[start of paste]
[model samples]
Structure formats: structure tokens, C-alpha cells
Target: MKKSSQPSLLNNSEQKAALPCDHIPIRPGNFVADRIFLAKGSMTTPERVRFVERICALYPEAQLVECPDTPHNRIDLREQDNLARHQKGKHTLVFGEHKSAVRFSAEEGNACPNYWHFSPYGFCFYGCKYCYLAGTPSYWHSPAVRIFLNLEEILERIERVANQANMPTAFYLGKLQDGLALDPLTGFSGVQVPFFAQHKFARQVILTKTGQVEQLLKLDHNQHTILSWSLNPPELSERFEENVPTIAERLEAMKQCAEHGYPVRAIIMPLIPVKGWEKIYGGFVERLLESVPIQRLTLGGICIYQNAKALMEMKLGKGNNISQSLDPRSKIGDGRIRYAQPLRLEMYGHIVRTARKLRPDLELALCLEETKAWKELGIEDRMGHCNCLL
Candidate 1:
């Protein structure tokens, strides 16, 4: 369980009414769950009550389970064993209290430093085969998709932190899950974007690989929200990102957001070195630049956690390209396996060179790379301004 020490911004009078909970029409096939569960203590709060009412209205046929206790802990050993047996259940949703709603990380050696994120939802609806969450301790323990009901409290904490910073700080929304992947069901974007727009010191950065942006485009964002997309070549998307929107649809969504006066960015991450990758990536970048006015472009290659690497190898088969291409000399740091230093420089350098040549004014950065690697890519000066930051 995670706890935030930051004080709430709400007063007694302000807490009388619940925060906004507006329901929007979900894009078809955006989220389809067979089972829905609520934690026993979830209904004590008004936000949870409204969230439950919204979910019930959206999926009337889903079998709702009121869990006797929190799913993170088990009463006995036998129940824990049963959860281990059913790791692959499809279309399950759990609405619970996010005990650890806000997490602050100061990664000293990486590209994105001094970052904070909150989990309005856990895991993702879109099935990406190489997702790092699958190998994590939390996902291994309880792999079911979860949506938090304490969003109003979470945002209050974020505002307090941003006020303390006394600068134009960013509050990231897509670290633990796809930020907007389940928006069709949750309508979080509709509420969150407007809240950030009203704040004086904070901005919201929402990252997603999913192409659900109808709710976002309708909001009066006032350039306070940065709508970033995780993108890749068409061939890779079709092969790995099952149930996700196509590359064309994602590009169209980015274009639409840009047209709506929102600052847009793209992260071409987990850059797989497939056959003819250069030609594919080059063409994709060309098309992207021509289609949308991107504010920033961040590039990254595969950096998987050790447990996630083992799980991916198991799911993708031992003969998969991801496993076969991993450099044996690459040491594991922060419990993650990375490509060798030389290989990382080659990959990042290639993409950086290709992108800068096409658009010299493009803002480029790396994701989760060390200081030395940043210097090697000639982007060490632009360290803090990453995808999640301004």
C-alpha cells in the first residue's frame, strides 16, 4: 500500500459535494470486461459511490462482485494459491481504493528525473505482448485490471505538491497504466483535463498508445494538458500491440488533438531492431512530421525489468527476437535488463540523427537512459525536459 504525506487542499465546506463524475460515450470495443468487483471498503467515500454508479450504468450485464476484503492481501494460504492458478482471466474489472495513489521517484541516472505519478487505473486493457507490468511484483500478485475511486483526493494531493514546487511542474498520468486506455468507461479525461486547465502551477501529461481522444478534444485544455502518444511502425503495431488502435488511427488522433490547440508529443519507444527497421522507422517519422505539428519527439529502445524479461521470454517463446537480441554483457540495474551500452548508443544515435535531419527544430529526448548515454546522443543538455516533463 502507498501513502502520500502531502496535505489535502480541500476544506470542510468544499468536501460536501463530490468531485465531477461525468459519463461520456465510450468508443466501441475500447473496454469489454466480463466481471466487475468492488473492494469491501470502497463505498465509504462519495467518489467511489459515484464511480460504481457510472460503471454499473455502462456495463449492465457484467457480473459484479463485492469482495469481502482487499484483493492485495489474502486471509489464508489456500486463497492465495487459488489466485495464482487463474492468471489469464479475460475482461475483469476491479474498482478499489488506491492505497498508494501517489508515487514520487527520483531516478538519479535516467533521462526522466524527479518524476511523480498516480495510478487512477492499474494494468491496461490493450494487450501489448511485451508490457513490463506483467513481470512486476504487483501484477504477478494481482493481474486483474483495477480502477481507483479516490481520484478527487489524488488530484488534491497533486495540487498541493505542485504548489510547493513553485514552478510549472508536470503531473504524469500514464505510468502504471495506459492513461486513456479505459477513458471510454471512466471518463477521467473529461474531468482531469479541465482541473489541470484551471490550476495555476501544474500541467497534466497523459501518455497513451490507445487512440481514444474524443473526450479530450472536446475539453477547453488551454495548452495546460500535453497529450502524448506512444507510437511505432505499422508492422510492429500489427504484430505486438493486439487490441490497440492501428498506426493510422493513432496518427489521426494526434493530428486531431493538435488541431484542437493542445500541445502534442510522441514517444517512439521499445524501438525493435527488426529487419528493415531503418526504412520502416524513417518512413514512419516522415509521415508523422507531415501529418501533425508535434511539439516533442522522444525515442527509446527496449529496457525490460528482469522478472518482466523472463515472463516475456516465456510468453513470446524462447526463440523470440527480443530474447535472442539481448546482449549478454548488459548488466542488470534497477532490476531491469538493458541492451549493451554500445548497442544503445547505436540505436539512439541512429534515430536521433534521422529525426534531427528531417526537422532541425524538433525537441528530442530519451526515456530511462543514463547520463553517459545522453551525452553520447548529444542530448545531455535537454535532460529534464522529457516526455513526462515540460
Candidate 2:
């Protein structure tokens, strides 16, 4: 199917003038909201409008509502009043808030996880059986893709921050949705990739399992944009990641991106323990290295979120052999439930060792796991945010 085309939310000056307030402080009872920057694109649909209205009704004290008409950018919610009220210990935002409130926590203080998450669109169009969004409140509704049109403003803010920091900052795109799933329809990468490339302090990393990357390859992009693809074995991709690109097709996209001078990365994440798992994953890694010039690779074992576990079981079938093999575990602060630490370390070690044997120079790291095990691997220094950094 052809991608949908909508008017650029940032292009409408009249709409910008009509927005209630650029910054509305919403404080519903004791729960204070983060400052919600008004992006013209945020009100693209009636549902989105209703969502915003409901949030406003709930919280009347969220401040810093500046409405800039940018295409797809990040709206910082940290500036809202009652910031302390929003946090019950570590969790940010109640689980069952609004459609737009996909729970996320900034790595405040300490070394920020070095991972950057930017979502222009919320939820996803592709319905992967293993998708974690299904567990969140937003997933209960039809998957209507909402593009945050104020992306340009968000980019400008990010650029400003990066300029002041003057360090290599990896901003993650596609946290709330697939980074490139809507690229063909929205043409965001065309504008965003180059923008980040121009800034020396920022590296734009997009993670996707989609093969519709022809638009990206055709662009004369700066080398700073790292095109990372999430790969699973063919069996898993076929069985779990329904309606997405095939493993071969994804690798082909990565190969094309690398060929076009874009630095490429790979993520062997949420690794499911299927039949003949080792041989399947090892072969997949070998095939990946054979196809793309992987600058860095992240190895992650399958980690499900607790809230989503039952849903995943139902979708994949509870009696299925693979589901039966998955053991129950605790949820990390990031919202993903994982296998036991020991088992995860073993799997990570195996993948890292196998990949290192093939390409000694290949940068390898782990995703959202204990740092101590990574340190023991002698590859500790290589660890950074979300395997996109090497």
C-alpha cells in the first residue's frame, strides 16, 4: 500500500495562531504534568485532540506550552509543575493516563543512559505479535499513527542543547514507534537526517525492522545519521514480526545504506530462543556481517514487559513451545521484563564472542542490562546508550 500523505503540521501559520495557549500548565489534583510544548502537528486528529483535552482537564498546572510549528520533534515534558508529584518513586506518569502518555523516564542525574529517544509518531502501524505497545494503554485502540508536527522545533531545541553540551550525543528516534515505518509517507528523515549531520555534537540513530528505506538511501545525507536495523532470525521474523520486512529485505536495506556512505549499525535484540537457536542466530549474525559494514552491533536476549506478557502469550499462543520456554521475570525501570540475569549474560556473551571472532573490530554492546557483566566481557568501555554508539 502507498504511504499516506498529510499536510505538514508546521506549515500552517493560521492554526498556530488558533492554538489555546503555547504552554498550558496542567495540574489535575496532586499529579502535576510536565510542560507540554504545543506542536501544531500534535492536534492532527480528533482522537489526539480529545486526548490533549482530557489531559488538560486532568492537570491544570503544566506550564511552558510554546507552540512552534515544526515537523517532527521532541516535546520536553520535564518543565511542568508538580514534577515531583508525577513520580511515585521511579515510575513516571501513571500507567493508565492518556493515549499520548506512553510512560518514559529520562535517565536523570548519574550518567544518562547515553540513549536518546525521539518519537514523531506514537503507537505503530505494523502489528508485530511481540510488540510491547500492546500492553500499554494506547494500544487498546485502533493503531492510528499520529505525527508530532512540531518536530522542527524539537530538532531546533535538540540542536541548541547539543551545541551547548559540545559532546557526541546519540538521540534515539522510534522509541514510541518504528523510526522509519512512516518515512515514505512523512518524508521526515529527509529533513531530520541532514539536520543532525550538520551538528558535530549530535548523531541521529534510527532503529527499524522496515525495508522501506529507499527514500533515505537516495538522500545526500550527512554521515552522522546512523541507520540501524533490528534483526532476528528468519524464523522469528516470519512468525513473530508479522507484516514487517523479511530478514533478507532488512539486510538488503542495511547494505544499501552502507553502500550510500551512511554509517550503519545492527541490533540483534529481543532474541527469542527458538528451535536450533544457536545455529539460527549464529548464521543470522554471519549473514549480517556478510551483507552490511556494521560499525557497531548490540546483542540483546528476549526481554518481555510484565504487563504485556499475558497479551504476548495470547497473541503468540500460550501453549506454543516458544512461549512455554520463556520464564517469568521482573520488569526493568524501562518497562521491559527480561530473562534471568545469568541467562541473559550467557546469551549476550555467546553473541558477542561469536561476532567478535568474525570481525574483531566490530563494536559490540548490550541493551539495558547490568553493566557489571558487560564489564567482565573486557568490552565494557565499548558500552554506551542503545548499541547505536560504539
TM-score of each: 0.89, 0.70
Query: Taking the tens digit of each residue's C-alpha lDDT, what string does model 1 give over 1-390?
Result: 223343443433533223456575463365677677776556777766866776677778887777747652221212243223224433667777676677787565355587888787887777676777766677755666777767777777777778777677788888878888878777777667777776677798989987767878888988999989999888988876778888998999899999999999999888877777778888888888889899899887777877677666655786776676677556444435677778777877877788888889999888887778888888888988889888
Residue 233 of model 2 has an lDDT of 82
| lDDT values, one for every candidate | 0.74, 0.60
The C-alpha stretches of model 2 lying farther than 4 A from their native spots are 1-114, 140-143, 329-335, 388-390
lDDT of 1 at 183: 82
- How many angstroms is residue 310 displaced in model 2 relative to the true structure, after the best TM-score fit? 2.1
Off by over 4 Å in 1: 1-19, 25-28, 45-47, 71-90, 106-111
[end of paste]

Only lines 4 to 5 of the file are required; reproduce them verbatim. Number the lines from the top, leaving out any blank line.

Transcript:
Candidate 1:
């Protein structure tokens, strides 16, 4: 369980009414769950009550389970064993209290430093085969998709932190899950974007690989929200990102957001070195630049956690390209396996060179790379301004 020490911004009078909970029409096939569960203590709060009412209205046929206790802990050993047996259940949703709603990380050696994120939802609806969450301790323990009901409290904490910073700080929304992947069901974007727009010191950065942006485009964002997309070549998307929107649809969504006066960015991450990758990536970048006015472009290659690497190898088969291409000399740091230093420089350098040549004014950065690697890519000066930051 995670706890935030930051004080709430709400007063007694302000807490009388619940925060906004507006329901929007979900894009078809955006989220389809067979089972829905609520934690026993979830209904004590008004936000949870409204969230439950919204979910019930959206999926009337889903079998709702009121869990006797929190799913993170088990009463006995036998129940824990049963959860281990059913790791692959499809279309399950759990609405619970996010005990650890806000997490602050100061990664000293990486590209994105001094970052904070909150989990309005856990895991993702879109099935990406190489997702790092699958190998994590939390996902291994309880792999079911979860949506938090304490969003109003979470945002209050974020505002307090941003006020303390006394600068134009960013509050990231897509670290633990796809930020907007389940928006069709949750309508979080509709509420969150407007809240950030009203704040004086904070901005919201929402990252997603999913192409659900109808709710976002309708909001009066006032350039306070940065709508970033995780993108890749068409061939890779079709092969790995099952149930996700196509590359064309994602590009169209980015274009639409840009047209709506929102600052847009793209992260071409987990850059797989497939056959003819250069030609594919080059063409994709060309098309992207021509289609949308991107504010920033961040590039990254595969950096998987050790447990996630083992799980991916198991799911993708031992003969998969991801496993076969991993450099044996690459040491594991922060419990993650990375490509060798030389290989990382080659990959990042290639993409950086290709992108800068096409658009010299493009803002480029790396994701989760060390200081030395940043210097090697000639982007060490632009360290803090990453995808999640301004």